In history this week we met Shakespeare–who needs his first name? The bard has been a household name since the Elizabethan Age and has greatly impacted the English language. Caleb read a children’s version of A Midsummer Night’s Dream, which had lovely pictures and was slightly challenging for his reading level. (I’d love to have more Shakespeare works by Coville, but they’re kinda pricey; this one is rather cheap, though.) But I read another children’s version aloud from Beautiful Stories from Shakespeare, so it helped him to understand the story first. We tried to read aloud Macbeth, but starting out with Shakespeare’s tragedies isn’t endearing to sensitive children. After introducing Shakespeare with Midsummer, I then read Hamlet from Beautiful Stories, and the boys were okay with everyone dying at the end of that one. For fun, the boys disguised themselves with branches and tried to sneak up on the house, like the finale of Macbeth. Caleb also began memorizing a short speech from Macbeth.

October 31 is Reformation Day, though most people will remember Halloween. Our church will recognize it with a normal service, including some special music and a little history lesson. Our people know nothing of how the Reformation impacted church history, so (even if we are Baptist) it will be good for them to hear another emphasis on the Five Solas in a time when those are under attack here in Africa by the prosperity gospel.

Then we’re off and away to the sea! I hope to take the boys to an aquarium in Durban to catch a glimpse of some of the creatures we studied this year. I also hope to comb the beach for some shells. Caleb has memorized a poem called “The Legend of the Sand Dollar,” (this was included in Apologia’s textbook) so I would love it if we could find a sand dollar! Please pray for the safety of our house if you think of it!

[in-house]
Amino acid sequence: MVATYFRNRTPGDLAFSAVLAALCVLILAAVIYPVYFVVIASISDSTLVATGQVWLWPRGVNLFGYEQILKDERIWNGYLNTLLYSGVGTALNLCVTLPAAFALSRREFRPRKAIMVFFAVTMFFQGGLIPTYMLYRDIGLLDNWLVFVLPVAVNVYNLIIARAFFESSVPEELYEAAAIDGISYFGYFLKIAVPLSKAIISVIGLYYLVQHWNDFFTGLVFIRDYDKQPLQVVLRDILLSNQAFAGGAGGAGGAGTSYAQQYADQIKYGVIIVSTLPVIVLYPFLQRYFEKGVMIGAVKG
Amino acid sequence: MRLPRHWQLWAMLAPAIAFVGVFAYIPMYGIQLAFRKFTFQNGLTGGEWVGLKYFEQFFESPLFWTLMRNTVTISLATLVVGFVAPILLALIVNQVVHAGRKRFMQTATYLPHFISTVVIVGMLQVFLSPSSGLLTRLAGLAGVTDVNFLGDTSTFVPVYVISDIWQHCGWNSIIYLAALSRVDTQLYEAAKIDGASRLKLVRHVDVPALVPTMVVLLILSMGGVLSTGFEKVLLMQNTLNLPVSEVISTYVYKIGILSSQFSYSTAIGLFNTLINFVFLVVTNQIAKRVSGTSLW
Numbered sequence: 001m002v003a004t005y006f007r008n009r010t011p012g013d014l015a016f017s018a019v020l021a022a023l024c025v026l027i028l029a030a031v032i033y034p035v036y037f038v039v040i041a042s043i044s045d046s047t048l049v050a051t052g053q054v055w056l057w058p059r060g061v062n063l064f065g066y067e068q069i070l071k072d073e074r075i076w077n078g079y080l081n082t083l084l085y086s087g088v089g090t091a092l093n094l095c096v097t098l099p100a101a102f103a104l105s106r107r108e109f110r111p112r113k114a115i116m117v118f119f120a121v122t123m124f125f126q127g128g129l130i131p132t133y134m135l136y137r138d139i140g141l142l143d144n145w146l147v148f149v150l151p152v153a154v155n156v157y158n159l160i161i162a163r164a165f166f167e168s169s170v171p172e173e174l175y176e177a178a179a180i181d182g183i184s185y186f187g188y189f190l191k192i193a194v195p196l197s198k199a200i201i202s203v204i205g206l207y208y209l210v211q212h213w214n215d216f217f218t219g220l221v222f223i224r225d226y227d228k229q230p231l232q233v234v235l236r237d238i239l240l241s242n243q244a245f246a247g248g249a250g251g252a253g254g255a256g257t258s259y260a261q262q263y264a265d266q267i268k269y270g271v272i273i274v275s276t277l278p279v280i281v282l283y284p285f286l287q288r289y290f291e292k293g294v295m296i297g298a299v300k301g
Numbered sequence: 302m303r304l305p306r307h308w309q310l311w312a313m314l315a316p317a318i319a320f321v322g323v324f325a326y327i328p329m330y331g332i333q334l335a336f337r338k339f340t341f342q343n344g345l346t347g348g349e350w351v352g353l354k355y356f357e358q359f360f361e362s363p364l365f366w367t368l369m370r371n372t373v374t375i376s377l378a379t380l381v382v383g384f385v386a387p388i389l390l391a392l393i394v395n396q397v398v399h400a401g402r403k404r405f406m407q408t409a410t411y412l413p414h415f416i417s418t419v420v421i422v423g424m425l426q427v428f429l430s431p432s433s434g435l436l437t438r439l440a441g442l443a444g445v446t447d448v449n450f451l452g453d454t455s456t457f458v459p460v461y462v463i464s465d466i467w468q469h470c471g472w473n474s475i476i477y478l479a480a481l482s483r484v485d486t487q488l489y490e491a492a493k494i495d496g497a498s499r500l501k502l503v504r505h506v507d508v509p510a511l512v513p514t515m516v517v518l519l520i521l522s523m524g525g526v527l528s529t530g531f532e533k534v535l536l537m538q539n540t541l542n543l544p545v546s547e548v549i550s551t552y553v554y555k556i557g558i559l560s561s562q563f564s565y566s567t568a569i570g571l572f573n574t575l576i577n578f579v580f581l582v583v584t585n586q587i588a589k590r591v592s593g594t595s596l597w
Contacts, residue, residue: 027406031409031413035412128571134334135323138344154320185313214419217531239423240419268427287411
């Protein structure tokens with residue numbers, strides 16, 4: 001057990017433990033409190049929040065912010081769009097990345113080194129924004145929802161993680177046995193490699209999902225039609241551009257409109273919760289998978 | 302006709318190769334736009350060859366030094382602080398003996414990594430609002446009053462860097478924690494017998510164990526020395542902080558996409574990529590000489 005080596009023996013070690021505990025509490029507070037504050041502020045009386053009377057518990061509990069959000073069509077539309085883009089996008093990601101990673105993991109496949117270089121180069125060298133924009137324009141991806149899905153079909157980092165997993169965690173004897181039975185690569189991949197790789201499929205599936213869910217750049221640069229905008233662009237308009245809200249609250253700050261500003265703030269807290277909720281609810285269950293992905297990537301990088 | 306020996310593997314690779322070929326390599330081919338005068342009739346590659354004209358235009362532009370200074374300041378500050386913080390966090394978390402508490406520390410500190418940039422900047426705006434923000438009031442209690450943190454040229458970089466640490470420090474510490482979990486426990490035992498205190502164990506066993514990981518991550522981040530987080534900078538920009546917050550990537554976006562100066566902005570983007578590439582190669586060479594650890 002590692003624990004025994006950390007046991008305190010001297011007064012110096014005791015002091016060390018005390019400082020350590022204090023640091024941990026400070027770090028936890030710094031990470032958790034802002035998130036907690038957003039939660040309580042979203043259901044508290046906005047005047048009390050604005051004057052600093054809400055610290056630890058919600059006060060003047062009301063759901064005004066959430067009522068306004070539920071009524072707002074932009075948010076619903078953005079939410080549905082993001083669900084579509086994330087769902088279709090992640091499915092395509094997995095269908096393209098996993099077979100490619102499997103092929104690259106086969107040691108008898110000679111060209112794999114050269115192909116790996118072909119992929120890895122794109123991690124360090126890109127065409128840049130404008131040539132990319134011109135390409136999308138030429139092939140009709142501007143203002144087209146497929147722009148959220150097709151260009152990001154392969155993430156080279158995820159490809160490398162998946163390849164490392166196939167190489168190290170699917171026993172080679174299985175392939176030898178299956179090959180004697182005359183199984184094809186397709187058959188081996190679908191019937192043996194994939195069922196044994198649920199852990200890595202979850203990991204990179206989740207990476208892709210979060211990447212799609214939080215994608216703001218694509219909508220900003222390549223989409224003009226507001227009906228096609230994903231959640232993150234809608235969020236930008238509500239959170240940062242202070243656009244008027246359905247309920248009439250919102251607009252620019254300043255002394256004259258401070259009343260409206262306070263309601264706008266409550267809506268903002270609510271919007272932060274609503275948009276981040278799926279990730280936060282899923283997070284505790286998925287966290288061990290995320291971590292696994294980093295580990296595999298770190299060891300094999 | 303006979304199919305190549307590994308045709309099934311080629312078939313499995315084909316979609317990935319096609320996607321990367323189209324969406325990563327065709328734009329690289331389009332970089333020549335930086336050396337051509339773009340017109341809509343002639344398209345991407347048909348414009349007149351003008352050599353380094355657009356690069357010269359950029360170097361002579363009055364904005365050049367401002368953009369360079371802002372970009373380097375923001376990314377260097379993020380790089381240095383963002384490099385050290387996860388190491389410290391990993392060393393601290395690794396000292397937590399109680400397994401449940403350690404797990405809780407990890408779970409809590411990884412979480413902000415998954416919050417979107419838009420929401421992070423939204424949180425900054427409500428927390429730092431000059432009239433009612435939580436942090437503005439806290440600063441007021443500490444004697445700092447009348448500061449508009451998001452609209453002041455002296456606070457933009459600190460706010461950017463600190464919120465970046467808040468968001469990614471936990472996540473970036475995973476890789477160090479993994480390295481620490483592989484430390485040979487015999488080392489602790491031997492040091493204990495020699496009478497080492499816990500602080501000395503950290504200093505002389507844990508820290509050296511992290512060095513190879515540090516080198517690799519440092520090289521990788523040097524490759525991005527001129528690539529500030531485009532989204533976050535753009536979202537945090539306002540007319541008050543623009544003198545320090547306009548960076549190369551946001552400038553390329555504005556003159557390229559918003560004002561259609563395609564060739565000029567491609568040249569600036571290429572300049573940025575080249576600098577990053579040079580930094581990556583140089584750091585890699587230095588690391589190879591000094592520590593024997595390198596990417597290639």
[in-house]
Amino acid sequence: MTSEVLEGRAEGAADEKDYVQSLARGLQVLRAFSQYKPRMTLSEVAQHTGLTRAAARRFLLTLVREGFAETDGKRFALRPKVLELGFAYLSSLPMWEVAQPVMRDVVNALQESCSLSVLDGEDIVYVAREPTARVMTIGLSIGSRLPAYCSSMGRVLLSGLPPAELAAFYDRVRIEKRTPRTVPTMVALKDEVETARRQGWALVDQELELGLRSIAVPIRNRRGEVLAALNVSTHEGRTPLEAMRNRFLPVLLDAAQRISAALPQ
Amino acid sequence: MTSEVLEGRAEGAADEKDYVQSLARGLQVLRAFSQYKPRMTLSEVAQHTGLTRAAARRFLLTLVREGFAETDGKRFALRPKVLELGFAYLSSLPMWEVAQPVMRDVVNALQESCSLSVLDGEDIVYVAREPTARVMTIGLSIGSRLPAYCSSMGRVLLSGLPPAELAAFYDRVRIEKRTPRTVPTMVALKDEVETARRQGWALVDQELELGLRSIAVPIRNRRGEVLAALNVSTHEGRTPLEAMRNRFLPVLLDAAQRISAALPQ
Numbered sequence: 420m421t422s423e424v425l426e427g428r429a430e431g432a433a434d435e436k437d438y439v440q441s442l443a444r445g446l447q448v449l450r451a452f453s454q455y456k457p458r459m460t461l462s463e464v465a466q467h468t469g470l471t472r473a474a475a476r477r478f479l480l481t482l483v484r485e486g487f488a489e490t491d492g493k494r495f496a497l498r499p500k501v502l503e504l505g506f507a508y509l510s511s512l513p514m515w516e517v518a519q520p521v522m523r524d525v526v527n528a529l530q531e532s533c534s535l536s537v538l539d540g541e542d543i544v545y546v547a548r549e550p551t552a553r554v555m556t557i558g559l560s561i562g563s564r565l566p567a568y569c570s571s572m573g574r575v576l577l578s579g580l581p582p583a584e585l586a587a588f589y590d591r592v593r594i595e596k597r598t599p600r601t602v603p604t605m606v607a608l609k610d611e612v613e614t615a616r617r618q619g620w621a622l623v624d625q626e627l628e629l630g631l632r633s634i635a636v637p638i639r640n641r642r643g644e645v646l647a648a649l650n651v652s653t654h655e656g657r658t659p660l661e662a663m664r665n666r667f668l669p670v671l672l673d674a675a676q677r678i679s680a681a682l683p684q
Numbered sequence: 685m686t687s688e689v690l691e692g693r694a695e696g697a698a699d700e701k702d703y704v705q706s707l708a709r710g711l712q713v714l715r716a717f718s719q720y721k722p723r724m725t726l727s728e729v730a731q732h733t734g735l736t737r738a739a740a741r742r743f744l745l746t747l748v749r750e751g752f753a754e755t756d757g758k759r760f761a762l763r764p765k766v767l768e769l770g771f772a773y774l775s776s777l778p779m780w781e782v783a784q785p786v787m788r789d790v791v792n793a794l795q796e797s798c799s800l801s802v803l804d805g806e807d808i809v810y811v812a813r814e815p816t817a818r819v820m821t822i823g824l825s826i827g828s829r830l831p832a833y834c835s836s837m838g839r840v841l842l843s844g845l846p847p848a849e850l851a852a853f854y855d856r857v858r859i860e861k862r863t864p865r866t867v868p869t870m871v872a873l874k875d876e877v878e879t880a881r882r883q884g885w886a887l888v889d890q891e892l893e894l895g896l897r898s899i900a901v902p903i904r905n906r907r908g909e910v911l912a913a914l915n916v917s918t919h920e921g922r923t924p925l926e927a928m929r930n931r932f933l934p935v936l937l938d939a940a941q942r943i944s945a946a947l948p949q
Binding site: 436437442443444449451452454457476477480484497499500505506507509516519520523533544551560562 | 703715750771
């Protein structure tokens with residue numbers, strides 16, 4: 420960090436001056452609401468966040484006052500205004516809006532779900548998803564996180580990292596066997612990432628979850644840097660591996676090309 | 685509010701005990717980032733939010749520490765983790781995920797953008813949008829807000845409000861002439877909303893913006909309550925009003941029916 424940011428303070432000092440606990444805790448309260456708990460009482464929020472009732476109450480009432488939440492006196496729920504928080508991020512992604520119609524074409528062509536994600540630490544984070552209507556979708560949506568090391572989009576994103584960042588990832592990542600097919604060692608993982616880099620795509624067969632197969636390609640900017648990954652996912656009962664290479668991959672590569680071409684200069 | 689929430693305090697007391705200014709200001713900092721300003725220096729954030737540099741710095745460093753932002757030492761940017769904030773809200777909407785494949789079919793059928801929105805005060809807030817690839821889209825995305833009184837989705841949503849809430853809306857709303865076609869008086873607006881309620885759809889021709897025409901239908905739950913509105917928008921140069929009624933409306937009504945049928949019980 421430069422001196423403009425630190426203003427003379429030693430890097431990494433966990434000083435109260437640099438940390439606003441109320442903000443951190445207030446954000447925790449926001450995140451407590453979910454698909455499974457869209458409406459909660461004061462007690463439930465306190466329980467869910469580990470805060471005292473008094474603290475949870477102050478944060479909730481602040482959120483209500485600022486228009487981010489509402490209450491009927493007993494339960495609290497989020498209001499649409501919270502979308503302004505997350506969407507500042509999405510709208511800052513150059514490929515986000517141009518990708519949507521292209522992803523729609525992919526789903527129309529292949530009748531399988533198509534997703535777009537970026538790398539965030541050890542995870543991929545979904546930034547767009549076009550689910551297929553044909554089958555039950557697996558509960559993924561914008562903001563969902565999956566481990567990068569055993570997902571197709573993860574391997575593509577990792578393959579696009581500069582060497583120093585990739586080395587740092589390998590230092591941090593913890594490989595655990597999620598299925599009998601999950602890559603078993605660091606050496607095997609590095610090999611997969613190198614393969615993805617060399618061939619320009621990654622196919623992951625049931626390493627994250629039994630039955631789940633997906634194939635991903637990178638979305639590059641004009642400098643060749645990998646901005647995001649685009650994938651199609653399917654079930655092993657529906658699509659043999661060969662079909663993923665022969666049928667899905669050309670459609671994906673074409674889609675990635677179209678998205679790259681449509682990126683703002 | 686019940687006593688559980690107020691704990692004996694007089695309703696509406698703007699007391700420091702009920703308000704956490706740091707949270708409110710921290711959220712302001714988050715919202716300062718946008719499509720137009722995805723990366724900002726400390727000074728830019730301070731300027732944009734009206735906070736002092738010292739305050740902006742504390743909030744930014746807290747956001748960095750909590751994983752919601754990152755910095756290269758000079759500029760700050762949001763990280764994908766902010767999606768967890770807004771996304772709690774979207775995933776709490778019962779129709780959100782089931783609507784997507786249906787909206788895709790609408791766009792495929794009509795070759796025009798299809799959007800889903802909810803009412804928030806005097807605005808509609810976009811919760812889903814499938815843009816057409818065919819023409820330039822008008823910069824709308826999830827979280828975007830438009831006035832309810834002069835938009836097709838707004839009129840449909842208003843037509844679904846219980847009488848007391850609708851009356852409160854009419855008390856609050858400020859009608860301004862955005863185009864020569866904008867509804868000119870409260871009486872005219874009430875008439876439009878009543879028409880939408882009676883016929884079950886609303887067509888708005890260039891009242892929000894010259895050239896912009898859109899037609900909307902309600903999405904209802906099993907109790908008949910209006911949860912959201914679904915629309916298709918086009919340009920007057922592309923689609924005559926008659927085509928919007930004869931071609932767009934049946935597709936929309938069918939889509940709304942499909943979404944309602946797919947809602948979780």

Caleb's card, inside. There's a hermit crab on the bottom right.

Caleb’s card, inside. There’s a hermit crab on the bottom right.


About Amy

I'm Amy, a missionary wife and homeschooling mother of five children, blogging about our lives and perspectives on culture in South Africa.
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5 Responses to Cast Off and Anchors Aweigh, My Boys!

  1. Lynn Boger says:

    The Doiel and Hester kids had a sleep over at our house last night and we were just admiring all of your great art work with the pictures. It is exciting to see all your faces on the computer screen and good to see Carson with his cast off. We prayed together for you last night in our devotion time. Love, Dad

  2. Nicole says:

    So glad you get to go away for ten days! We’ll pray that you have a relaxing time with your family. I love checking off boxes too; however, we are just 10 weeks into our school year:)

  3. Adriana says:

    Hi- I am doing Apologia this year and was wondering what you used on the inside (background) of your ocean box. It looks beautiful! Adriana

    • Amy says:

      Hi, Adriana, thanks for the compliment. 🙂 I used a roll or two of blue “book cover” paper that they sell over here (we live in S. Africa) when school begins for the school kids to cover their books. I can’t remember if they have anything like that in the U.S. Perhaps gift wrapping paper?